Seattle Subway: “We want it all, and we want it now”

Imagine all the transit, moving people around (Image: Seattle Subway)

Saturday afternoon I sat Seattle Subway‘s Ben Schiendelman down at the Hopvine and asked just what the heck was going on.

Schiendelman is an interesting character: a software engineer and transit enthusiast (he’s one of the gang at Seattle Transit Blog) who’s evolved into a transit advocate, willing to plunge into the messy and often-arcane realm of political action to get things done.

That impulse, simply to speed things along, is largely what the new non-profit Seattle Subway (over 1,600 fans on Facebook) is about, the catchy, “envisionary” full-system graphic aside. (Ballard! West Seattle! It’s like someone’s planning to reattach Seattle’s arms.) Underground, aboveground, they don’t really care, so long as the net result is speed.

Sound Transit already has big plans for light rail in the region, it’s just that because it is a regional entity, it often has to move at a slower pace, as intransigent anti-transit forces are won over and voters in less-wealthy areas agree to allocate the revenue to pay for infrastructure. As a compromise Sound Transit has been breaking out its big transit projects into “phases,” all of which require ballots marked “Yes.”

Seattle Subway wants to leverage Seattle’s bias to vote pro-anything-transit, even a Monorail. In fact, that failed Monorail project has given them an idea. I’ll let The Stranger‘s Dominic Holden summarize:

Here’s how it would work: Seattle voters would take advantage of the City Transportation Authority, created by the state legislature in 2002, which was intended to fund the monorail. That authority still allows voters to establish a motor vehicle excise tax of up to 2.5 percent for “a transportation system that utilizes train cars running on a guideway.” An initial vote as soon as this November or next year could pay for relatively inexpensive analysis and design work for the first line—probably to Ballard and West Seattle.

As Schiendelman is careful to emphasize, the idea is not to compete with Sound Transit, but to help turn a tortoise into a hare. If you map out all that Sound Transit means to accomplish, at its current rate of returning to voters for piecemeal approval, it might take a century. With Seattle giving a push, Schiendelman asks, could we bring that down to 30 years?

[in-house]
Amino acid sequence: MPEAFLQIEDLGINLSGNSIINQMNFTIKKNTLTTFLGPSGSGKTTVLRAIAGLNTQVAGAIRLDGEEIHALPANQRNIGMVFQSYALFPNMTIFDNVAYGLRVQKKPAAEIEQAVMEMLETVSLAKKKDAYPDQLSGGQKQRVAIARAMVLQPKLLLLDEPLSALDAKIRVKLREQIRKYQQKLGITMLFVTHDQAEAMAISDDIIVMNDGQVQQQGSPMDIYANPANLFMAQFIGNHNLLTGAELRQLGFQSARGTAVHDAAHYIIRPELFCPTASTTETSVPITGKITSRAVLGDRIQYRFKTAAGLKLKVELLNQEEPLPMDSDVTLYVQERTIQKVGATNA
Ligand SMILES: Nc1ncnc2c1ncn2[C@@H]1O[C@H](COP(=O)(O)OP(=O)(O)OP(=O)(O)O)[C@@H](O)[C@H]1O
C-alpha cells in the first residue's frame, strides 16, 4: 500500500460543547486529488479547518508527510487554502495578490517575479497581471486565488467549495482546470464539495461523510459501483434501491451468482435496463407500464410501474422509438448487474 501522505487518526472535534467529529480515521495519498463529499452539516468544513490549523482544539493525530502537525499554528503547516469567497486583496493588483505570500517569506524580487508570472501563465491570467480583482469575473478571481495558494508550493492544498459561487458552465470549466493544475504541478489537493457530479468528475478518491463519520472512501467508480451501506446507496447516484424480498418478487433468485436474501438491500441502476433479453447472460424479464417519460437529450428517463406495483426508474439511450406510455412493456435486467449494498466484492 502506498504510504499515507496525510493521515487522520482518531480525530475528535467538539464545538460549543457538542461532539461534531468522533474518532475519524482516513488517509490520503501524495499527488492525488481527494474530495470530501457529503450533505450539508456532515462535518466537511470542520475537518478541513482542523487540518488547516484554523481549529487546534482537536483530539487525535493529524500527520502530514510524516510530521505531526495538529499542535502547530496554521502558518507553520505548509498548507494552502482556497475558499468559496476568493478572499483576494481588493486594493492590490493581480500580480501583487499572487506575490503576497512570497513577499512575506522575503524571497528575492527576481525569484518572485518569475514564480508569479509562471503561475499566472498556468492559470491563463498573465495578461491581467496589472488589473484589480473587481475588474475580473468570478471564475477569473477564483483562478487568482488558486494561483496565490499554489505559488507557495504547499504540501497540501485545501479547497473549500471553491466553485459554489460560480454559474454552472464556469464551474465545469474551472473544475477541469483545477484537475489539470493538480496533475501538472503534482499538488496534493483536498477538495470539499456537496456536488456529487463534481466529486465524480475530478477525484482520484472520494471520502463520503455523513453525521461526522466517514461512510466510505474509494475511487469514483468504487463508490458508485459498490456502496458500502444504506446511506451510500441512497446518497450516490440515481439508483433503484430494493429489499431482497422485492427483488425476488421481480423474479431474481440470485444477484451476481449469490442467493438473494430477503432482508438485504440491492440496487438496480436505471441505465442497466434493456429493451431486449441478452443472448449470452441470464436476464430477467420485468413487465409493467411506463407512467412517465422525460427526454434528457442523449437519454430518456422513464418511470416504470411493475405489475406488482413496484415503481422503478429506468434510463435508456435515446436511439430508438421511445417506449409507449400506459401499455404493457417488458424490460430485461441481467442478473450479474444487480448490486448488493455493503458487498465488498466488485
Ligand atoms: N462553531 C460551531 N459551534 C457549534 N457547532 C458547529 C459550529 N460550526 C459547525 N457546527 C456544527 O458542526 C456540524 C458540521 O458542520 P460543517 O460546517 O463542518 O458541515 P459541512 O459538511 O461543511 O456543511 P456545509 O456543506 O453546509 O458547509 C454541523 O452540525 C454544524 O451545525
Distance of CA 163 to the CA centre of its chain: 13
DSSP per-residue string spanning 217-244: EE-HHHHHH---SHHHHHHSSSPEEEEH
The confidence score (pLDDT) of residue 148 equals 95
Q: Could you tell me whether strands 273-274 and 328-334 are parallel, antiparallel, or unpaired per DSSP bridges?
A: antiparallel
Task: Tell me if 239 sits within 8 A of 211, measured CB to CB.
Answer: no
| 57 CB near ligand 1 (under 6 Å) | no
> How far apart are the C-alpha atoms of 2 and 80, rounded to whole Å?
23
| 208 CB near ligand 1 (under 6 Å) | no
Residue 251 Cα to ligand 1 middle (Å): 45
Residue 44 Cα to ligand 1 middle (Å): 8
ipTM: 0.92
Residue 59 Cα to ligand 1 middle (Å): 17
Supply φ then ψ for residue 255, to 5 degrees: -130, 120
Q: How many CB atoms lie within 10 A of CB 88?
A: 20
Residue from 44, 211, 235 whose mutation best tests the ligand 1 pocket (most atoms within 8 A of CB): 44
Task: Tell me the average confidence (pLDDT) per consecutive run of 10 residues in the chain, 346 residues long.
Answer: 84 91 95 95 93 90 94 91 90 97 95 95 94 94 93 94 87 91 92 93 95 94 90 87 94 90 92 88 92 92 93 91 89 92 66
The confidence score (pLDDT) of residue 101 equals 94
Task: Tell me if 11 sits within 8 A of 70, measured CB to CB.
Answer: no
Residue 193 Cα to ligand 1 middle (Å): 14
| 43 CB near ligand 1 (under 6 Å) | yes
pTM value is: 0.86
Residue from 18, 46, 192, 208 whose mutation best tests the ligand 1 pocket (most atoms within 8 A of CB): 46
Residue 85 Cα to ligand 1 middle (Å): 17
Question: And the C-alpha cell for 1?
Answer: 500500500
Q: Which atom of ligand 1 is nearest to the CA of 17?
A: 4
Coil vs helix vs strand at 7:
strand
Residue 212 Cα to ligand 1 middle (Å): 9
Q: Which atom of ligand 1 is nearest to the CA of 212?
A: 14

For a start, if the City Transportation Authority can front-load the money for studies and planning Sound Transit still needs to do, progress there could be made in 2013, instead of 2016. Slice three years off here and there, it starts to add up. So Seattle Subway’s first goal is to figure out if they can, using the CTA, get on the 2013 August primary ballot with a proposal to raise planning moneys for Sound Transit.

If you are a transit wonk, this all makes perfect sense. But if you’re looking at paying the motor vehicle excise tax, you might need a little more reason to take transit on your shoulders. As it happens, by coincidence, Amazon wants to build a very good reason to invest heavily in Seattle transit right now. Let’s take a look at Amazon’s timeline: Back in February, it was still a rumor that the internet retailer was interested in buying twelve acres of land, near Whole Foods on Denny, for a corporate headquarters.

(Image: Amazon's Design Review proposal)

At this precise moment, land purchased, they are seeking to fast-track permitting for Rufus 2.0, a new campus of three towers, adding up to three million square feet of office space. For New York-style contrast, that’s a little more than the amount of floorspace in the 102-story Empire State Building (2.7 million sq. ft.) and, for ironic contrast, about the same size of an old Chrysler plant. Each of Amazon’s towers would be up to 40 stories tall, with a “series of 5-6 story structures at their base.” They would like to get the Master Use Permit squared away by December 20, 2012, thanks.

“The company reported recently that it ended 2011 with 56,200 employees, a 67% increase from the prior year,” noted the Wall Street Journal recently, but that was soon out of date. Geekwire provides the new total: 65,000. Amazon won’t tell you how many of those employees work in Seattle, but however you slice it, you can’t get that many more people on Denny. Let me quote The SunBreak (full disclosure: me) on this:

Again, there is no solution envisioned, even as South Lake Union bulks up with Amazon, PATH, and Gates Foundation employees. We are simply supposed to accept as the natural way of things that public transit means taking 45 minutes to travel what could take seven minutes. Maybe it’s time to elect an engineer of some kind to the City Council?

(Sidebar to City Council: You know what makes a great public benefit package? GONDOLAS!)

The first point is, this is the kind of private development that our transit infrastructure needs to be able to keep up with, and I think you would be hard-pressed to make the case that, currently, we are managing that. The second point, is that it’s not a one-off that Schiendelman is a software engineer, and also interested in improving transit. Amazon, iconically, and in general, high tech, are reshaping Seattle’s self-image as a sleepy little burg on the Sound, a place to get away from it all. Seattle’s central core is becoming as dense as Manhattan, argues Schiendelman, if it isn’t already.

Amazon is putting down roots, and so are its employees. People who are used to optimizing systems for gains of split seconds are not going to be happy with transit that fails, each and every day, due to demand and lack of priority. (As Metro discovered when OneBusAway got flaky.) An engineer thinks that kind of thing is crazy. If it has taken Seattle a long time to realize that fast, reliable transit needs to be a priority, Seattle Subway is here to tell you that waiting even longer to implement would be crazier still.